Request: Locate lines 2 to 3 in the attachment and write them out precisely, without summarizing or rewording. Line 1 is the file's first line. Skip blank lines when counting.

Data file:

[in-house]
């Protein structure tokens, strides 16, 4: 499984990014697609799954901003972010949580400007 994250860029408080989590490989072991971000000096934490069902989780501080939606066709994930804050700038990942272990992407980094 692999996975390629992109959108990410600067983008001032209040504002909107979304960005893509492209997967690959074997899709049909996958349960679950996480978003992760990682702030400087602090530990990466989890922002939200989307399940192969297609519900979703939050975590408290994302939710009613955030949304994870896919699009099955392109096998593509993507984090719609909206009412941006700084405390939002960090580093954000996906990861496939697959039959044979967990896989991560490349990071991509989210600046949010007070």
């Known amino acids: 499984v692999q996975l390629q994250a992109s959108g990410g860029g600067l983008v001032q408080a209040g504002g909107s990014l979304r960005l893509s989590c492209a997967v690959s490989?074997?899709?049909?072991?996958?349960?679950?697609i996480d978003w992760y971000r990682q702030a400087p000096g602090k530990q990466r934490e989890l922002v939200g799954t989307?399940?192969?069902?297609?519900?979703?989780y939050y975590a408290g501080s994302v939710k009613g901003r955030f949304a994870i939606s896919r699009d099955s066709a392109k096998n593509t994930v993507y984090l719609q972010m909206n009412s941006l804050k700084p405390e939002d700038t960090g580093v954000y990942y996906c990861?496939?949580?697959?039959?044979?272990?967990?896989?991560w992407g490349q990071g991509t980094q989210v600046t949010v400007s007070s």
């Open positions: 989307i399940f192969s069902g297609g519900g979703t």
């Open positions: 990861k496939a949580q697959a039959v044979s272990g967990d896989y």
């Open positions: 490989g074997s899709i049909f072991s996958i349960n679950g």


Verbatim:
């Protein structure tokens, strides 16, 4: 499984990014697609799954901003972010949580400007 994250860029408080989590490989072991971000000096934490069902989780501080939606066709994930804050700038990942272990992407980094 692999996975390629992109959108990410600067983008001032209040504002909107979304960005893509492209997967690959074997899709049909996958349960679950996480978003992760990682702030400087602090530990990466989890922002939200989307399940192969297609519900979703939050975590408290994302939710009613955030949304994870896919699009099955392109096998593509993507984090719609909206009412941006700084405390939002960090580093954000996906990861496939697959039959044979967990896989991560490349990071991509989210600046949010007070």
């Known amino acids: 499984v692999q996975l390629q994250a992109s959108g990410g860029g600067l983008v001032q408080a209040g504002g909107s990014l979304r960005l893509s989590c492209a997967v690959s490989?074997?899709?049909?072991?996958?349960?679950?697609i996480d978003w992760y971000r990682q702030a400087p000096g602090k530990q990466r934490e989890l922002v939200g799954t989307?399940?192969?069902?297609?519900?979703?989780y939050y975590a408290g501080s994302v939710k009613g901003r955030f949304a994870i939606s896919r699009d099955s066709a392109k096998n593509t994930v993507y984090l719609q972010m909206n009412s941006l804050k700084p405390e939002d700038t960090g580093v954000y990942y996906c990861?496939?949580?697959?039959?044979?272990?967990?896989?991560w992407g490349q990071g991509t980094q989210v600046t949010v400007s007070s």